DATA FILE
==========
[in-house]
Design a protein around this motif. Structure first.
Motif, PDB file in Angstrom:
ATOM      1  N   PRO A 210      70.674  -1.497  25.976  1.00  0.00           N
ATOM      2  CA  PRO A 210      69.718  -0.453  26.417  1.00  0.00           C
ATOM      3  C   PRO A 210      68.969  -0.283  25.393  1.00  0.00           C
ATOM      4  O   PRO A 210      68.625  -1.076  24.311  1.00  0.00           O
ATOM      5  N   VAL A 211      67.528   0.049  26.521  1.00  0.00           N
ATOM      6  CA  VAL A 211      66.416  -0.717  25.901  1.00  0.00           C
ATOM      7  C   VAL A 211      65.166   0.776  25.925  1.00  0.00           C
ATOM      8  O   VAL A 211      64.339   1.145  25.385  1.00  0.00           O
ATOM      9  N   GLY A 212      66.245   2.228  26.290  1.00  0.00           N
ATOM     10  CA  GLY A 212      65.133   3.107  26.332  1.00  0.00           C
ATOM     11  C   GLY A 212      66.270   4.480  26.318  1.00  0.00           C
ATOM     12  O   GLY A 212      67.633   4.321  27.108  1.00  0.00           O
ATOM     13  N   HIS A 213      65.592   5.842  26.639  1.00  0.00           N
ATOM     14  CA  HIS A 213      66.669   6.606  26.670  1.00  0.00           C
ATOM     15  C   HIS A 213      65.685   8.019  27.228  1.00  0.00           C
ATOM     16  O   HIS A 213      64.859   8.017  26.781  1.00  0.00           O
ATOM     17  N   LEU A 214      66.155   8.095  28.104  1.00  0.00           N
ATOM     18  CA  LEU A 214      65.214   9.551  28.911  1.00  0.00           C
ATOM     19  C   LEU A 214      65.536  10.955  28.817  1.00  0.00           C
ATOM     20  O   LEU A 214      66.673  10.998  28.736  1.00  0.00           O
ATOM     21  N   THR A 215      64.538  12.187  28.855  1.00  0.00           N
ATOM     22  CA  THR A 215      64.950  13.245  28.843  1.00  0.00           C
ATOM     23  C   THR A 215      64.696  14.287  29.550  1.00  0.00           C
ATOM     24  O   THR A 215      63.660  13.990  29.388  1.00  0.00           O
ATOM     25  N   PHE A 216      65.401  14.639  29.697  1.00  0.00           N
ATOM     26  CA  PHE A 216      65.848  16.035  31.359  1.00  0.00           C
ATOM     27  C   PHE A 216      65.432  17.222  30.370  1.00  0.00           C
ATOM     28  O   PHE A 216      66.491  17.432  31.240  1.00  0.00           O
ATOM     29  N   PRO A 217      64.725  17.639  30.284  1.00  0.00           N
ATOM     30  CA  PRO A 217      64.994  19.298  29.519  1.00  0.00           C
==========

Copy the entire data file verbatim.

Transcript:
[in-house]
Design a protein around this motif. Structure first.
Motif, PDB file in Angstrom:
ATOM      1  N   PRO A 210      70.674  -1.497  25.976  1.00  0.00           N
ATOM      2  CA  PRO A 210      69.718  -0.453  26.417  1.00  0.00           C
ATOM      3  C   PRO A 210      68.969  -0.283  25.393  1.00  0.00           C
ATOM      4  O   PRO A 210      68.625  -1.076  24.311  1.00  0.00           O
ATOM      5  N   VAL A 211      67.528   0.049  26.521  1.00  0.00           N
ATOM      6  CA  VAL A 211      66.416  -0.717  25.901  1.00  0.00           C
ATOM      7  C   VAL A 211      65.166   0.776  25.925  1.00  0.00           C
ATOM      8  O   VAL A 211      64.339   1.145  25.385  1.00  0.00           O
ATOM      9  N   GLY A 212      66.245   2.228  26.290  1.00  0.00           N
ATOM     10  CA  GLY A 212      65.133   3.107  26.332  1.00  0.00           C
ATOM     11  C   GLY A 212      66.270   4.480  26.318  1.00  0.00           C
ATOM     12  O   GLY A 212      67.633   4.321  27.108  1.00  0.00           O
ATOM     13  N   HIS A 213      65.592   5.842  26.639  1.00  0.00           N
ATOM     14  CA  HIS A 213      66.669   6.606  26.670  1.00  0.00           C
ATOM     15  C   HIS A 213      65.685   8.019  27.228  1.00  0.00           C
ATOM     16  O   HIS A 213      64.859   8.017  26.781  1.00  0.00           O
ATOM     17  N   LEU A 214      66.155   8.095  28.104  1.00  0.00           N
ATOM     18  CA  LEU A 214      65.214   9.551  28.911  1.00  0.00           C
ATOM     19  C   LEU A 214      65.536  10.955  28.817  1.00  0.00           C
ATOM     20  O   LEU A 214      66.673  10.998  28.736  1.00  0.00           O
ATOM     21  N   THR A 215      64.538  12.187  28.855  1.00  0.00           N
ATOM     22  CA  THR A 215      64.950  13.245  28.843  1.00  0.00           C
ATOM     23  C   THR A 215      64.696  14.287  29.550  1.00  0.00           C
ATOM     24  O   THR A 215      63.660  13.990  29.388  1.00  0.00           O
ATOM     25  N   PHE A 216      65.401  14.639  29.697  1.00  0.00           N
ATOM     26  CA  PHE A 216      65.848  16.035  31.359  1.00  0.00           C
ATOM     27  C   PHE A 216      65.432  17.222  30.370  1.00  0.00           C
ATOM     28  O   PHE A 216      66.491  17.432  31.240  1.00  0.00           O
ATOM     29  N   PRO A 217      64.725  17.639  30.284  1.00  0.00           N
ATOM     30  CA  PRO A 217      64.994  19.298  29.519  1.00  0.00           C